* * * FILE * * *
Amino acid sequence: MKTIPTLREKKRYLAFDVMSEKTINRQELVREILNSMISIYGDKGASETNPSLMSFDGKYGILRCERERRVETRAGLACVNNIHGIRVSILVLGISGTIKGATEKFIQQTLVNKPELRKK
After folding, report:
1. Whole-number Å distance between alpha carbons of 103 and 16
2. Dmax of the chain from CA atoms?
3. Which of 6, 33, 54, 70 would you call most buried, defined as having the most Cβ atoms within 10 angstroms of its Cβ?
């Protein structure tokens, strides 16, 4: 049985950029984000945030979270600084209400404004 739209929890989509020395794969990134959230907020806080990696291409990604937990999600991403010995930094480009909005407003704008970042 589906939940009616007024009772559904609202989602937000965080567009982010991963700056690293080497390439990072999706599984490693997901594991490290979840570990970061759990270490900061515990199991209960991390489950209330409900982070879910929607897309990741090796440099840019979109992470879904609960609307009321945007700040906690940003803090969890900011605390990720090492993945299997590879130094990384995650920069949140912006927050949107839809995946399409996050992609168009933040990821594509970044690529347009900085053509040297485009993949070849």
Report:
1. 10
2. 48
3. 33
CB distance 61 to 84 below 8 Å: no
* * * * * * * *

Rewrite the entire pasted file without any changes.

Amino acid sequence: MKTIPTLREKKRYLAFDVMSEKTINRQELVREILNSMISIYGDKGASETNPSLMSFDGKYGILRCERERRVETRAGLACVNNIHGIRVSILVLGISGTIKGATEKFIQQTLVNKPELRKK
After folding, report:
1. Whole-number Å distance between alpha carbons of 103 and 16
2. Dmax of the chain from CA atoms?
3. Which of 6, 33, 54, 70 would you call most buried, defined as having the most Cβ atoms within 10 angstroms of its Cβ?
């Protein structure tokens, strides 16, 4: 049985950029984000945030979270600084209400404004 739209929890989509020395794969990134959230907020806080990696291409990604937990999600991403010995930094480009909005407003704008970042 589906939940009616007024009772559904609202989602937000965080567009982010991963700056690293080497390439990072999706599984490693997901594991490290979840570990970061759990270490900061515990199991209960991390489950209330409900982070879910929607897309990741090796440099840019979109992470879904609960609307009321945007700040906690940003803090969890900011605390990720090492993945299997590879130094990384995650920069949140912006927050949107839809995946399409996050992609168009933040990821594509970044690529347009900085053509040297485009993949070849």
Report:
1. 10
2. 48
3. 33
CB distance 61 to 84 below 8 Å: no